In 2009, Cisco Systems set out to save costs by taking its weeklong annual sales meeting, the Global Sales Experience (GSX), out of the real world and into a virtual one for the first time in its 20-year history. That experience taught the tech giant several valuable lessons about what works and what doesn’t when it comes to educating and motivating a driven and competitive sales force in a non-physical space.
(Check out last year’s story here)
After last year’s event, the Cisco events team reviewed feedback surveys, login reports and other metrics and learned that the environment and the augmented reality game it called “Threshold” were top-performing elements. What the attendees struggled with was focusing on eight hours worth of live content every day, and missing out on the recognition elements they had looked forward to at previous live events.
Taking on the event again this year, which ran from Aug. 16 to Sept. 10, senior manager-Global Sales Experience at Cisco Systems, Angie Smith, set out to address these issues and improve on the areas that worked well. Step one was to make the event more of a hybrid, with local Cisco offices hosting group sessions via its proprietary Telepresence technology. The local events mostly addressed the recognition concerns, helping local executives and managers to showcase and reward superstar salespeople in front of their colleagues.
The virtual environment was a huge hit last year, with attendees almost universally calling it “stunning” and “beautiful,” according to Smith, so exceeding that mark was a new challenge. To raise the bar even further, for the 2010 GSX redux, she and her team brought in internationally recognized architects and graphic designers from all over the world, using Cisco products to facilitate global collaboration, to design the new environment, which as a result resembled a utopian fantasy dreamscape.
While the Threshold game was also a big hit last year, it may have been too much of a good thing. The post-event analysis revealed that the hyper-competitive sales force was so set on winning, they were checking into sessions just to get the next clue or puzzle for the game and once it came out, they would bail. Obviously a problem when it came time to meet educational goals. The game did drive engagement like a dream, however, so to keep what worked and not lose attendee focus, the new game, dubbed “The Hunt,” was scaled back and kept separate from the main event and only ran for two weeks. Like last year, though, it was still tied to Cisco product information and technology, so it was again a key educational tool—just not as integrated this time.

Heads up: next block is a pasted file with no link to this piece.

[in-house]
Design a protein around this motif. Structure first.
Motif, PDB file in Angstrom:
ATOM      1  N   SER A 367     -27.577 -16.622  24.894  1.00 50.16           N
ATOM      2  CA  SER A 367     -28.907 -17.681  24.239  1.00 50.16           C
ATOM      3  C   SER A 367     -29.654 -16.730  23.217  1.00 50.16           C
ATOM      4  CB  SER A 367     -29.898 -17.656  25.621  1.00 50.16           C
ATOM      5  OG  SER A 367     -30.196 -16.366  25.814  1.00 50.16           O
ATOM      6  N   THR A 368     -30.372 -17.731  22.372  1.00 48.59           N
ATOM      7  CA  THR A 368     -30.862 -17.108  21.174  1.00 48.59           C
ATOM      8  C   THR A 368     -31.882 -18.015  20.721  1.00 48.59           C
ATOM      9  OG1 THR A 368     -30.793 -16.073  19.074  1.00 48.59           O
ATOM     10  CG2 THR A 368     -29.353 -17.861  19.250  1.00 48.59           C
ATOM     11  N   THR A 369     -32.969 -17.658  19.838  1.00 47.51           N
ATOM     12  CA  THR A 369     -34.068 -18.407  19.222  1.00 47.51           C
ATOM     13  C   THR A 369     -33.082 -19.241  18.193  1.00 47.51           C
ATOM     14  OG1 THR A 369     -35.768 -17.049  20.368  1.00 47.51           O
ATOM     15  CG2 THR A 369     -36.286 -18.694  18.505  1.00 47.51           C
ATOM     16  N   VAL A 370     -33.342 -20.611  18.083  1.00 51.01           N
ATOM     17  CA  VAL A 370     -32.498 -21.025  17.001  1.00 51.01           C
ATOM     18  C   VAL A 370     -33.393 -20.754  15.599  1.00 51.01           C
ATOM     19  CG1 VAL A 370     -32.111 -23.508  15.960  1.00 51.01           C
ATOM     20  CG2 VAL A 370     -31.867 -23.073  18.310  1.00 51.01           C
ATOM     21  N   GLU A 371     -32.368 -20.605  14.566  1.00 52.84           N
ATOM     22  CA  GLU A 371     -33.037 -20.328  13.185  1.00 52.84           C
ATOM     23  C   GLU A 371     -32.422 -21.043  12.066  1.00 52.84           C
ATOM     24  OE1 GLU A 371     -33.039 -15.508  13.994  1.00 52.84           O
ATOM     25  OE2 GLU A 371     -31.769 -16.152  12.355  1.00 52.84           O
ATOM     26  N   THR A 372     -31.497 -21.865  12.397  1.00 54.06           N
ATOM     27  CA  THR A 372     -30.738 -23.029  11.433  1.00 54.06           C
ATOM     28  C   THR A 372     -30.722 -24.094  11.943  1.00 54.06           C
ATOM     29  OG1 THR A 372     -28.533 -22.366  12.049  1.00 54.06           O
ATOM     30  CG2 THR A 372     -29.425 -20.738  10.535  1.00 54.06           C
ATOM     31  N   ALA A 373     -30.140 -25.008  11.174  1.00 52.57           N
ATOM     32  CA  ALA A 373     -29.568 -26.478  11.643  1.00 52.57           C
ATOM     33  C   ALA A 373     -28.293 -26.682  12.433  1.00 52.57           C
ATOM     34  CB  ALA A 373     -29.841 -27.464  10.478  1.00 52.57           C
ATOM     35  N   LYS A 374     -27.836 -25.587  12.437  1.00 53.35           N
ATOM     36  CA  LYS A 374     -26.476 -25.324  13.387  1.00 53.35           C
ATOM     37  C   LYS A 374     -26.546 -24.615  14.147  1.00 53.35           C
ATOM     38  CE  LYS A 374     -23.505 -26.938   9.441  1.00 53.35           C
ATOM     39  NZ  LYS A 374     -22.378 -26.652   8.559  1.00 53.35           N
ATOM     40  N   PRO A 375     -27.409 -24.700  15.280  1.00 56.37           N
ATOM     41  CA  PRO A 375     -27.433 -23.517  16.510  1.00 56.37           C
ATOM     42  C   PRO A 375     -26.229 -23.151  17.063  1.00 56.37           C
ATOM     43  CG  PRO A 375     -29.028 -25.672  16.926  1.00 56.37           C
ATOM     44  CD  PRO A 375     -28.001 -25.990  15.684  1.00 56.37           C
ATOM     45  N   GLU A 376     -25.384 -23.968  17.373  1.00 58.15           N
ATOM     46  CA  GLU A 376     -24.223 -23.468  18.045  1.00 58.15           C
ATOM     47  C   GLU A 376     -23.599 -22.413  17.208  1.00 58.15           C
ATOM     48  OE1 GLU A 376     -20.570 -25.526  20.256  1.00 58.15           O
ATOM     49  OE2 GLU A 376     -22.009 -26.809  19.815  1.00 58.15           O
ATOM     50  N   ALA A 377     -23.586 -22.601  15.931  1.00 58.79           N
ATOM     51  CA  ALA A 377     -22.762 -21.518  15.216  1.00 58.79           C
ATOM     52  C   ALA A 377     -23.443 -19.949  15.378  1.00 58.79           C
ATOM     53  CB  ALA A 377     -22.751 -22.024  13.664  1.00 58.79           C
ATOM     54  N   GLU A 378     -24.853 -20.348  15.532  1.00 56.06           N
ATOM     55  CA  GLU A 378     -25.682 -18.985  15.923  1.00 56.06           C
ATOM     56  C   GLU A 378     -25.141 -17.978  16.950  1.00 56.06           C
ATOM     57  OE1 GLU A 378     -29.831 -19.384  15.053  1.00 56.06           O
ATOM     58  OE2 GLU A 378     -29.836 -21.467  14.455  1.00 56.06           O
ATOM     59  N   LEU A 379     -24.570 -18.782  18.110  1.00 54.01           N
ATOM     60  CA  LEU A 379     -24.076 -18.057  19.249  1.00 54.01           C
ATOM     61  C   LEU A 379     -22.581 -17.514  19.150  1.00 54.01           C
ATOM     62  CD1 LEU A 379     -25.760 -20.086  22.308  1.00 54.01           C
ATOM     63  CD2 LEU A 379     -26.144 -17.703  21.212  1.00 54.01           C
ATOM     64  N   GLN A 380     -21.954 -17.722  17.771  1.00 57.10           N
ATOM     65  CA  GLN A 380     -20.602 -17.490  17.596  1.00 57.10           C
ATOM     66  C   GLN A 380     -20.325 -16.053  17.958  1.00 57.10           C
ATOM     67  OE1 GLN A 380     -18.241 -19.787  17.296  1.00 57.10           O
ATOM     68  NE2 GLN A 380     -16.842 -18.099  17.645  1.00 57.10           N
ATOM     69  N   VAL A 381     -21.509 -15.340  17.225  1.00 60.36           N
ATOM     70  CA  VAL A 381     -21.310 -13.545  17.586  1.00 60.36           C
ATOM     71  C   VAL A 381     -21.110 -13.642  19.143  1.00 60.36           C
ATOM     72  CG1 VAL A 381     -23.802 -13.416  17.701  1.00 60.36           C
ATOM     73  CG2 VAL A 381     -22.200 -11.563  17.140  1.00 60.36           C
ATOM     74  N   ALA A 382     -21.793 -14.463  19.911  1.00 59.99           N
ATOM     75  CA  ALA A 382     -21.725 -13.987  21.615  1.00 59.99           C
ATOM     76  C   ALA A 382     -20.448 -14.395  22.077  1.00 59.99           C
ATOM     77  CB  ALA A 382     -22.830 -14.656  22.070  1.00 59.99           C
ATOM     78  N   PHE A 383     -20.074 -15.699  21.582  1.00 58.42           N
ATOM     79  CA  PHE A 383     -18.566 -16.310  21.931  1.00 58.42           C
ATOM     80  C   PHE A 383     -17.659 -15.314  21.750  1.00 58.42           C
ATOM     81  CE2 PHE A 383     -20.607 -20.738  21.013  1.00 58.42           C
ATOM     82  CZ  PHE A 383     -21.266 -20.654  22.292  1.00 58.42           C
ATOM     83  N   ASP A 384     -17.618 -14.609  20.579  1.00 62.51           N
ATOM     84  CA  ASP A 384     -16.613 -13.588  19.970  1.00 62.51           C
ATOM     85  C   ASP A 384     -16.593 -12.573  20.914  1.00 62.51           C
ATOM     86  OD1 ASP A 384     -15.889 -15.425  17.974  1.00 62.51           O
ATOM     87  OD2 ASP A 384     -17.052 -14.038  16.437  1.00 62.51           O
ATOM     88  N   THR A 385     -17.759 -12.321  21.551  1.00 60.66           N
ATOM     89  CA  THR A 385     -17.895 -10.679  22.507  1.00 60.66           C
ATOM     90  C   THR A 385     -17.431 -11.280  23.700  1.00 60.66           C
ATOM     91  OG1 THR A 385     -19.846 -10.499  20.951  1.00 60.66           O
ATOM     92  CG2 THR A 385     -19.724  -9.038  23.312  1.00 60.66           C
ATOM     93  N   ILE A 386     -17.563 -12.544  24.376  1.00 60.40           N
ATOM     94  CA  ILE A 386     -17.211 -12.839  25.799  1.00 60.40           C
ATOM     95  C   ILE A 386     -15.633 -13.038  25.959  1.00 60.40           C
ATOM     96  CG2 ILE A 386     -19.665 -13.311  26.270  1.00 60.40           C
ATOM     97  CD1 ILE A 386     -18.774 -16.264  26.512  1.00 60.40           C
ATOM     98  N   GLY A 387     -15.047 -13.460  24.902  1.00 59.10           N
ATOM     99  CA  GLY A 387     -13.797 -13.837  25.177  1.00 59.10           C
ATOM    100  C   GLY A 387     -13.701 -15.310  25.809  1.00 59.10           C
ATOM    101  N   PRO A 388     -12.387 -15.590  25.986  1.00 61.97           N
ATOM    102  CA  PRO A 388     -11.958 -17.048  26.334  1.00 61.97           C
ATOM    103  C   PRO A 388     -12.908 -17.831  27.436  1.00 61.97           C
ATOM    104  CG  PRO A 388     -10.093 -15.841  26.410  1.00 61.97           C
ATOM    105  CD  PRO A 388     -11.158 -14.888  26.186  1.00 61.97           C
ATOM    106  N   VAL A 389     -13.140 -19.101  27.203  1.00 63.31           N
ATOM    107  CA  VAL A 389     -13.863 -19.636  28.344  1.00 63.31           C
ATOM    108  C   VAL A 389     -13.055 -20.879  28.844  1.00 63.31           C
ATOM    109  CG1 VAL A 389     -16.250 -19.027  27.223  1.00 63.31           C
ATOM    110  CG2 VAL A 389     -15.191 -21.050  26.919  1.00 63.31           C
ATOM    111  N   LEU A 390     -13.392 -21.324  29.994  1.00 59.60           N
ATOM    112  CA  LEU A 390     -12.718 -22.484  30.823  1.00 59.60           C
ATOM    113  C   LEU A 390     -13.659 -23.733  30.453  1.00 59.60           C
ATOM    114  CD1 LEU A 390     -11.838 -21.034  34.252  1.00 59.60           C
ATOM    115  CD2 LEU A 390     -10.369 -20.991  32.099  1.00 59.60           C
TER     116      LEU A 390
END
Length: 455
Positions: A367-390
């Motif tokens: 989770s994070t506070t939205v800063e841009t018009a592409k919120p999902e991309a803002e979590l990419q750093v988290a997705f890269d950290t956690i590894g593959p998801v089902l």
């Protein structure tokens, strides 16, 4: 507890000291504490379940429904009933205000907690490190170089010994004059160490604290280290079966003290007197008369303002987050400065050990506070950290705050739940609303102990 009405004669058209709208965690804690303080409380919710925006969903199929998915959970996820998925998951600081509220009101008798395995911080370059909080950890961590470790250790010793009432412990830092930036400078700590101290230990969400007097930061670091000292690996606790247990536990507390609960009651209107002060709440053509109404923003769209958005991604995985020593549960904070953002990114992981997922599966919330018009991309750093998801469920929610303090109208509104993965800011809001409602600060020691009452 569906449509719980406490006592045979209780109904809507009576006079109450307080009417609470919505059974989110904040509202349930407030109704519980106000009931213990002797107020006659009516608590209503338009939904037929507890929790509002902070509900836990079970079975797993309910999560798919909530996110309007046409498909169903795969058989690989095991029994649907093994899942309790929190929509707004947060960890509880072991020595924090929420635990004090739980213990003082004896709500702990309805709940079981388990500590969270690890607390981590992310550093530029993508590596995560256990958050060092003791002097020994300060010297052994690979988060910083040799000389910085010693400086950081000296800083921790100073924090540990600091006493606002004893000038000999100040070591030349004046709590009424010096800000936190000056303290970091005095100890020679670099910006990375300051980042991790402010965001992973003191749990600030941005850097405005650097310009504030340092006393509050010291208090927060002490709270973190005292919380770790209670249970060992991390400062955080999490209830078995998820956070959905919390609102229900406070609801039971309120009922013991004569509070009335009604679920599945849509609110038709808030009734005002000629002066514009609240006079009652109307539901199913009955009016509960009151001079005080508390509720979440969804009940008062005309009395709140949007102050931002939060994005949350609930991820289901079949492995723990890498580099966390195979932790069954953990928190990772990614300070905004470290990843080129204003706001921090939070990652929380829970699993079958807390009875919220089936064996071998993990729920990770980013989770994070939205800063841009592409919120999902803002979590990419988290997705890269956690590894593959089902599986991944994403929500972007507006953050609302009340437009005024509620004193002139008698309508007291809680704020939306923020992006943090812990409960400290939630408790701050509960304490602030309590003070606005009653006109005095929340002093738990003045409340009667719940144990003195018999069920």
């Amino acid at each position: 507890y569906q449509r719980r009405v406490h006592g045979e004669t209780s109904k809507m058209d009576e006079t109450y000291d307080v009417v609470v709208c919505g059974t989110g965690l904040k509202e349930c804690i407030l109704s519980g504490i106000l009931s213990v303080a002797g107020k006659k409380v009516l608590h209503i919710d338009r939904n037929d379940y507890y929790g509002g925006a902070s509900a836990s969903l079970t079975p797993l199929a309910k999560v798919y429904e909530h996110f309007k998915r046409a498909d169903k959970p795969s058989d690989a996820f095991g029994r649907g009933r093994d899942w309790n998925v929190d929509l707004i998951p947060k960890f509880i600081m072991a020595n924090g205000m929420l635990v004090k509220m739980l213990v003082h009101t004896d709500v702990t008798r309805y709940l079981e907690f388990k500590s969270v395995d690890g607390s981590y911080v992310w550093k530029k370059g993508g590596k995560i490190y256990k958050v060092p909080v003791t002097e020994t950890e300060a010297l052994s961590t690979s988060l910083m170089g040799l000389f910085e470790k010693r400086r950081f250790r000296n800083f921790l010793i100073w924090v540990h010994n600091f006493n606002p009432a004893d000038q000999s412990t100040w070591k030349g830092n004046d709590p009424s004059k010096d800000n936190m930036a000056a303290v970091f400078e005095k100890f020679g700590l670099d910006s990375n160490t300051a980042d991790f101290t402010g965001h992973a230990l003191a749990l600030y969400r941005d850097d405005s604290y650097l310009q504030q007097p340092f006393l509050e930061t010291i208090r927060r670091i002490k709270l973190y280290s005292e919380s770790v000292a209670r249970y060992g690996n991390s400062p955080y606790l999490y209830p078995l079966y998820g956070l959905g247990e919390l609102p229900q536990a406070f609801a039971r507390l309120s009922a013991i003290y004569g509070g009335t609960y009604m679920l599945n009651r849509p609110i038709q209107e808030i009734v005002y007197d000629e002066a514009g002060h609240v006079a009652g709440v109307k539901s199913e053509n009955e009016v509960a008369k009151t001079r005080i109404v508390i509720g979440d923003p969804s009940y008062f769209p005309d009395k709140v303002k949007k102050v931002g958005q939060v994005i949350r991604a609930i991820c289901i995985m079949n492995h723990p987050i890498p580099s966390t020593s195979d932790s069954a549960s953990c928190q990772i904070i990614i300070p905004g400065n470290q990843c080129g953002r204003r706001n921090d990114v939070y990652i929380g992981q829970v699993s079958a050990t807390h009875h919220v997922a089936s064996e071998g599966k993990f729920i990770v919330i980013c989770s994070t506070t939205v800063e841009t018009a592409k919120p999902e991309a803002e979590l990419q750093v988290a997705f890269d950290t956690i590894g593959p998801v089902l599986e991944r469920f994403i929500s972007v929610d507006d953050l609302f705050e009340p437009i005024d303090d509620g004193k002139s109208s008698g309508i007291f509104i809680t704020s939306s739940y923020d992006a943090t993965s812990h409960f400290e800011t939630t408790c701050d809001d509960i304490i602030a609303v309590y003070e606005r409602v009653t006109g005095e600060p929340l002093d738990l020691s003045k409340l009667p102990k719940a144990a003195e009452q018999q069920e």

Other gaming tools included head-to-head Sudoku challenges and the “Togetherizer,” which was a music mash-up software that allowed players to upload a sound clip which would then be “mashed” with other players’ sounds to make a new piece of music. They were all archived for players to listen to at their leisure.
To keep the messaging consistent and facilitate the collaborative nature of GSX, under the 2010 theme of “Together We Can,” Cisco this year designed and built a custom internal social media platform known as the Together App, which the sales force could install on their mobile devices and access via the virtual environment. They posted learnings and comments from sessions and collaborated on session discussions via the platform, which continues to exist within the company’s intranet. It was also a vehicle for checking into sessions and filling out evaluation surveys. To showcase and encourage attendees’ community spirit, Cisco integrated volunteer opportunities into GSX and donated $100,000 to community charities on behalf of the Cisco sales force.
The changes and improvements for GSX 2010 are still being evaluated, but early metrics look positive. The average overall session score was 4.75 out of 5 and more that 15,000 unique attendees checked out info and chatted with experts in the Solutions Showcase trade show area. The evolution isn’t over for GSX, though. As the data from 2010 paints the new picture, the planning begins for GSX 2011.
“I think we almost have the right formula,” Smith says. “It’s a complex chemistry to meld content and engagement successfully.” And mastering that chemistry is a process, she says, that Cisco is uniquely situated to accomplish.
“Virtual is part of what we say, do and walk every day at Cisco. It’s in our DNA,” she says. “We’re risk-takers here and sometimes they pay off.” Big time. EM